Close your eyes for a moment and let your mind drift back to the first day of middle school. Were you worried about what the other kids would think of you, whether they'd snicker at your beat-up backpack, too-short haircut, and hand-me-down shoes? Did you manage to convince yourself people would find something wrong with you, and that it was just a matter of time before they figured it out?

Jodee Blanco had a similar set of fears—only in her case, a lot of them materialized. During her school years, other students bullied her unmercifully. Once, she found her favorite pair of dress shoes in the toilet. Another time, a group of kids stuffed snow into her mouth and left her on the ground, struggling to breathe. She reached such a low point that she considered suicide. But in the end, she was determined that her tormentors would not keep her down. She flourished professionally, starting a well-known PR firm and writing books of her own. Through it all, though, she never forgot how torturous her school days had been. Driven by a desire to help other targeted kids, she launched an anti-bullying program called It's Not Just Joking Around! Her goal, she says, is to turn her own pain into purpose, and she finds helping other bullying victims enormously fulfilling. “It enables me to make peace with my past.”

Blanco's experience is no fluke. Regardless of culture or setting, there are countless examples of people who go through hard times and come out of the experience with a distinct concern for others' welfare. University of Massachusetts-Amherst psychologist Ervin Staub, now retired, calls this transformation “altruism born of suffering.” After Staub sent out a research questionnaire about helping, he received responses from many people who explained that they were motivated to help because they didn't want other people to suffer as they had. And in a later study, Staub found that people who had been through cataclysmic events like natural disasters or violence were more likely to say they'd help others in similar situations.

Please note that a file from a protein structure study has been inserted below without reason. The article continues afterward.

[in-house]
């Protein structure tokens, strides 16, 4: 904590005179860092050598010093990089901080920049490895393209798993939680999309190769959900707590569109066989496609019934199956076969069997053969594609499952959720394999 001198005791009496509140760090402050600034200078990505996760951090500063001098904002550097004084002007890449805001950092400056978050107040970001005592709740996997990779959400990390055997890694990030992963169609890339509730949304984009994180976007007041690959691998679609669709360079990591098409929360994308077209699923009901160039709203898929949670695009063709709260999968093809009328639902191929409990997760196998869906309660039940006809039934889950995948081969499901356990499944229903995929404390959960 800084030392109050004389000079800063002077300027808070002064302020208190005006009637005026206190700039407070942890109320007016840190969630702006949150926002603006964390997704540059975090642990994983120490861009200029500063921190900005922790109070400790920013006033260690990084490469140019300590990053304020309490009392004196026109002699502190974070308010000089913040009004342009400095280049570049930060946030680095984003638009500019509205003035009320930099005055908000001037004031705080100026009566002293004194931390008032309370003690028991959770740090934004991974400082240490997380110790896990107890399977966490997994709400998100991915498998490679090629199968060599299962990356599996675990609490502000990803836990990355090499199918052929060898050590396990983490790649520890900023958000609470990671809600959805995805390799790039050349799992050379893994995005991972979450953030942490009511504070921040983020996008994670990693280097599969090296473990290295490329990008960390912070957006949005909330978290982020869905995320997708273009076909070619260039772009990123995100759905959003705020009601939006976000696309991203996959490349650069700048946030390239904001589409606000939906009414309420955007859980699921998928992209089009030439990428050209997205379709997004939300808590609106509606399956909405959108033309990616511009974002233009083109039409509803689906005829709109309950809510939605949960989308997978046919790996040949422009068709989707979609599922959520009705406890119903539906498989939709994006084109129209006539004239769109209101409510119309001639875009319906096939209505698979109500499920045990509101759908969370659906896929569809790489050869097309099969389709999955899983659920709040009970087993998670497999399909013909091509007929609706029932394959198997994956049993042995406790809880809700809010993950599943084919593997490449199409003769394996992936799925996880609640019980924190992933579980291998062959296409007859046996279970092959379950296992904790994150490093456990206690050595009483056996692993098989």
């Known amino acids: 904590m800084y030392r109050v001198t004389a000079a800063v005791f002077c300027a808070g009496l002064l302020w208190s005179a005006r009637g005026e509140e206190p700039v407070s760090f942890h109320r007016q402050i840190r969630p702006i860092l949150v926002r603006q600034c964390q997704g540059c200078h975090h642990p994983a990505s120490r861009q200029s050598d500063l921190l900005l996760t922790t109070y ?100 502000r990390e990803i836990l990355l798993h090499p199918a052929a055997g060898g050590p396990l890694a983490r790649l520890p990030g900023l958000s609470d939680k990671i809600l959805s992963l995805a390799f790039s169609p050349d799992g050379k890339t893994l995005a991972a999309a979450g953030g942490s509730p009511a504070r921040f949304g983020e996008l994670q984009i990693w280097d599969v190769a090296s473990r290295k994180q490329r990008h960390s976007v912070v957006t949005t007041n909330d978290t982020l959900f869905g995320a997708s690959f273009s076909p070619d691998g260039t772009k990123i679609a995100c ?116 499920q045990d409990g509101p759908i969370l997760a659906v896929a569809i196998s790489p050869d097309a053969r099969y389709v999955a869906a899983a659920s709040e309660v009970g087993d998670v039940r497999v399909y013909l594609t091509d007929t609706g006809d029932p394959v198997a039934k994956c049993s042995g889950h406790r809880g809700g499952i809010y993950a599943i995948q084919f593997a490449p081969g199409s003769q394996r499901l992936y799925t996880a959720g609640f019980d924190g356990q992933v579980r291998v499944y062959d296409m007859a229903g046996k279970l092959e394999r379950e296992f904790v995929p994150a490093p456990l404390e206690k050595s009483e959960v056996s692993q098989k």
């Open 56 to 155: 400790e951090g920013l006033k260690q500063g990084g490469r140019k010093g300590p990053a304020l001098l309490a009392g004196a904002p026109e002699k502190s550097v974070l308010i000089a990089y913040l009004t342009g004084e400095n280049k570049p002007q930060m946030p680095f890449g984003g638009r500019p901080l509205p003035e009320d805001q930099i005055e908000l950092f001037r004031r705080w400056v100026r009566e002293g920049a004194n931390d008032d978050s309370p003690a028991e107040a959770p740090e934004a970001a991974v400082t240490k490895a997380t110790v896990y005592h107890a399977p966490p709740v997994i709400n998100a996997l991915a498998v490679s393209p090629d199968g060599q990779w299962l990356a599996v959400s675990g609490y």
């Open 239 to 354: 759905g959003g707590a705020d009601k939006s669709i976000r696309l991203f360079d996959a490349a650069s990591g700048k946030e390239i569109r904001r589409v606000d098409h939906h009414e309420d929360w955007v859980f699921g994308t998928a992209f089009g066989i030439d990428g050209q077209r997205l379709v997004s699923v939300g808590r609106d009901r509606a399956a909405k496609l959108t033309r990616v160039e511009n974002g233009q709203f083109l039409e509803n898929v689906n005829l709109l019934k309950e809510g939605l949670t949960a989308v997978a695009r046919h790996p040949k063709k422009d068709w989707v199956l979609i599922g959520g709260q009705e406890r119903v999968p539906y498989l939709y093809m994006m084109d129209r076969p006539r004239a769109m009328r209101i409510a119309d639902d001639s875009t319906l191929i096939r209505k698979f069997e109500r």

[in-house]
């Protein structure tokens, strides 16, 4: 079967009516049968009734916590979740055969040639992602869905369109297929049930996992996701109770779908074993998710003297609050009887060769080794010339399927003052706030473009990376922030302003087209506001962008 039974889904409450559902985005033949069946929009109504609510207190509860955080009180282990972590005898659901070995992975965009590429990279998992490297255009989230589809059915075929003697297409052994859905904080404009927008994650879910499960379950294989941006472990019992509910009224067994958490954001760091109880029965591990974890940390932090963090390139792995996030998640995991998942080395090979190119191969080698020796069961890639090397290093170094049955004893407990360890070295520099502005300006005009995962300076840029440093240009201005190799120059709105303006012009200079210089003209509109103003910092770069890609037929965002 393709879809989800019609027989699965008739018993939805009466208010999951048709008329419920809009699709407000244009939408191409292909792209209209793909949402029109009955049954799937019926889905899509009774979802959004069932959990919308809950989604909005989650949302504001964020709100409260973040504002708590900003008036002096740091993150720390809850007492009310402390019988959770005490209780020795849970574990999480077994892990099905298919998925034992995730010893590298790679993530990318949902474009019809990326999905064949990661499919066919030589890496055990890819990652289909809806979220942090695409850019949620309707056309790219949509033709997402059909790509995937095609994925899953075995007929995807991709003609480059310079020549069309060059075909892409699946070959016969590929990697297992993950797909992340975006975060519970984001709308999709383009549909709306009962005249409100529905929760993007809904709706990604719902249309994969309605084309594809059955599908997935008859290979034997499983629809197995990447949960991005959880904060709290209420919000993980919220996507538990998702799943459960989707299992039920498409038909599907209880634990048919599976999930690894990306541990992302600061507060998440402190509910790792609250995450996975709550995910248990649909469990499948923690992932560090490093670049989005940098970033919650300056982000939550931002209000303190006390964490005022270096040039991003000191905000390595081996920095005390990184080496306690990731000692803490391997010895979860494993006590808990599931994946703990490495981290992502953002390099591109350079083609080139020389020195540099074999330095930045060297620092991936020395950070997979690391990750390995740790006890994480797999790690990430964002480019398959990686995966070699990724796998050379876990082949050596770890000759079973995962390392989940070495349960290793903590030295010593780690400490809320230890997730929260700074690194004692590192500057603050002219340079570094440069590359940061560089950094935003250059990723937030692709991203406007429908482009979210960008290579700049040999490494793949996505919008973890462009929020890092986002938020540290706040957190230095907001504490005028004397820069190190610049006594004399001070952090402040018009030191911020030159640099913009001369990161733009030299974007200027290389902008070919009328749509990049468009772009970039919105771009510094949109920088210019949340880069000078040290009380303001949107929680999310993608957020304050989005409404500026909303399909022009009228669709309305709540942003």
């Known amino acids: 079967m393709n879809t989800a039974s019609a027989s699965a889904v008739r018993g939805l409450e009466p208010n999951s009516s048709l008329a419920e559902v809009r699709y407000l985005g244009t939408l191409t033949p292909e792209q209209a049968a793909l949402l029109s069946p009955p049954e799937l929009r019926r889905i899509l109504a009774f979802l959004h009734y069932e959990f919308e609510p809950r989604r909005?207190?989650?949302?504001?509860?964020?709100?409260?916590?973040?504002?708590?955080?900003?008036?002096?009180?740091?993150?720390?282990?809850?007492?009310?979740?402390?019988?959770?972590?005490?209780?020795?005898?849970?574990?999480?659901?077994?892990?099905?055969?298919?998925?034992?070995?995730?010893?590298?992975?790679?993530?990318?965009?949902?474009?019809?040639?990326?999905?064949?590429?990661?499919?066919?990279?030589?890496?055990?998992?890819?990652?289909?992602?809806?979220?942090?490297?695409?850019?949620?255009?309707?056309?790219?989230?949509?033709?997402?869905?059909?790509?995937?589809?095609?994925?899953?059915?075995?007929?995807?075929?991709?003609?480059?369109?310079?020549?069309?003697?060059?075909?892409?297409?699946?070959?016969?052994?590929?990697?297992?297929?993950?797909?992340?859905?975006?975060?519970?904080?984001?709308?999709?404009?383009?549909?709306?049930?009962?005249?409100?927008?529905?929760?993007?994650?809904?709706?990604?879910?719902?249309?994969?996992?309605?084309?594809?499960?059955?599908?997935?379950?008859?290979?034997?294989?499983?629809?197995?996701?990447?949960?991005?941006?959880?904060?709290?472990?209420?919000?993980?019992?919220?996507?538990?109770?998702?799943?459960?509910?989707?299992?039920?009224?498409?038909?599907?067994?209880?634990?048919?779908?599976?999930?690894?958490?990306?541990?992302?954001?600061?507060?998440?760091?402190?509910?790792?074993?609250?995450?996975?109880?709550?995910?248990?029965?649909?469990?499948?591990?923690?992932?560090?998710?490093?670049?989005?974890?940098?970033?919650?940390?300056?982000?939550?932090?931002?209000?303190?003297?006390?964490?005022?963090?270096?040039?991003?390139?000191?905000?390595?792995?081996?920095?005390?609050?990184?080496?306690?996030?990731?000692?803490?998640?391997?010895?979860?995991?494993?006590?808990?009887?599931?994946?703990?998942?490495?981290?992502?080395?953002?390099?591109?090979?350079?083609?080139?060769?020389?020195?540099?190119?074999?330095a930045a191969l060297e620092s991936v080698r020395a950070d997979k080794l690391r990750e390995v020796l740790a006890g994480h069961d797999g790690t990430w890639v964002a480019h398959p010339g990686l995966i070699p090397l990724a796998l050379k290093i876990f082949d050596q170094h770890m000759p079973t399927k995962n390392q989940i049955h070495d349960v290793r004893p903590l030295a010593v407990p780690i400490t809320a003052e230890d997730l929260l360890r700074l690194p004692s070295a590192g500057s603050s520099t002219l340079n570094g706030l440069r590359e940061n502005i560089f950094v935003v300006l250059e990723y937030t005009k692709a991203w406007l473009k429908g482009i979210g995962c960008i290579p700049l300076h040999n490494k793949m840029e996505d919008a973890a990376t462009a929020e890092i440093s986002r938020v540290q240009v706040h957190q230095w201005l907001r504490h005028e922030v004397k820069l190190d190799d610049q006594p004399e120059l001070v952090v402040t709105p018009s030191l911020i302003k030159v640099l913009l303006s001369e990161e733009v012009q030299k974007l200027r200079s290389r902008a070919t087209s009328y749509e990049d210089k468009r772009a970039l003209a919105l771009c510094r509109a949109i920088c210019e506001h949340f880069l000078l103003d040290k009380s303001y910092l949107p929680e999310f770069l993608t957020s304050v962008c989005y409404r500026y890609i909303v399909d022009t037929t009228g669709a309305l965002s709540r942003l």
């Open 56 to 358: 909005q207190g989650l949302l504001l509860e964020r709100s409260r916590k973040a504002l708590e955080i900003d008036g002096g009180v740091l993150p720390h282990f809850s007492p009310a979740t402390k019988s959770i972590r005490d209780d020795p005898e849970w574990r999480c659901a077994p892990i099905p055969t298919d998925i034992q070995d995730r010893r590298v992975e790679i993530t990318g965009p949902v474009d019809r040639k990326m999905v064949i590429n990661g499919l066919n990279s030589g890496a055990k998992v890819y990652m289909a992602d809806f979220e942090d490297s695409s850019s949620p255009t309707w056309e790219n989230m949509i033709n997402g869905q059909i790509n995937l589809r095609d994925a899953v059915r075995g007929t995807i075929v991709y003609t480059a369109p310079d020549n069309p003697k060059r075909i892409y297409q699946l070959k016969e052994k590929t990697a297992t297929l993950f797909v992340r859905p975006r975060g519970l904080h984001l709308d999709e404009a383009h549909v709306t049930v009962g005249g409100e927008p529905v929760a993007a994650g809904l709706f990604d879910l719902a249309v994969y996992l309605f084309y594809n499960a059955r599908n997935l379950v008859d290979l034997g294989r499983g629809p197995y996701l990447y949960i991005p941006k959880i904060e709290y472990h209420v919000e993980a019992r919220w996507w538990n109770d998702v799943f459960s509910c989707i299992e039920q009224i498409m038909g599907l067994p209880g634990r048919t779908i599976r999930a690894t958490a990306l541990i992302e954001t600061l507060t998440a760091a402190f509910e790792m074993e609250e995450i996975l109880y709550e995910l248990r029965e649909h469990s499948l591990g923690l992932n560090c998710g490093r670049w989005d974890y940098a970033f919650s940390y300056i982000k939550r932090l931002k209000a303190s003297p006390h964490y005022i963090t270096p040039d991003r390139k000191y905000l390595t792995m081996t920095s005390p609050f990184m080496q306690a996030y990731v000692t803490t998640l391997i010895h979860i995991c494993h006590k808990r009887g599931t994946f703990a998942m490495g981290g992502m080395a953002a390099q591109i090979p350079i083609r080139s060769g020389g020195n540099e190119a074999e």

Of course, not everyone emerges from the doldrums of life with a more altruistic mindset. Some turn hard and bitter as a result of what they went through. People who have had time to process difficult experiences—and, crucially, support from others in healing and moving on—are best equipped to draw on their experience to help others. This principle is at the crux of AA's policy that new attendees choose a recovering alcoholic as their “sponsor.” The intent is that the sponsor, having been through tough times as well, will identify with the newly sober person and supply much-needed strength and advice.

Consider some of the hard times you've faced. If you were able to overcome them, how did you do it? Did you learn anything during this trial by fire that might help someone else? If you have hard-earned wisdom to impart based on what you've learned, find a way to pass it on. Not only will you improve someone else's life, but as Jodee Blanco learned, you'll enrich your own in the process.

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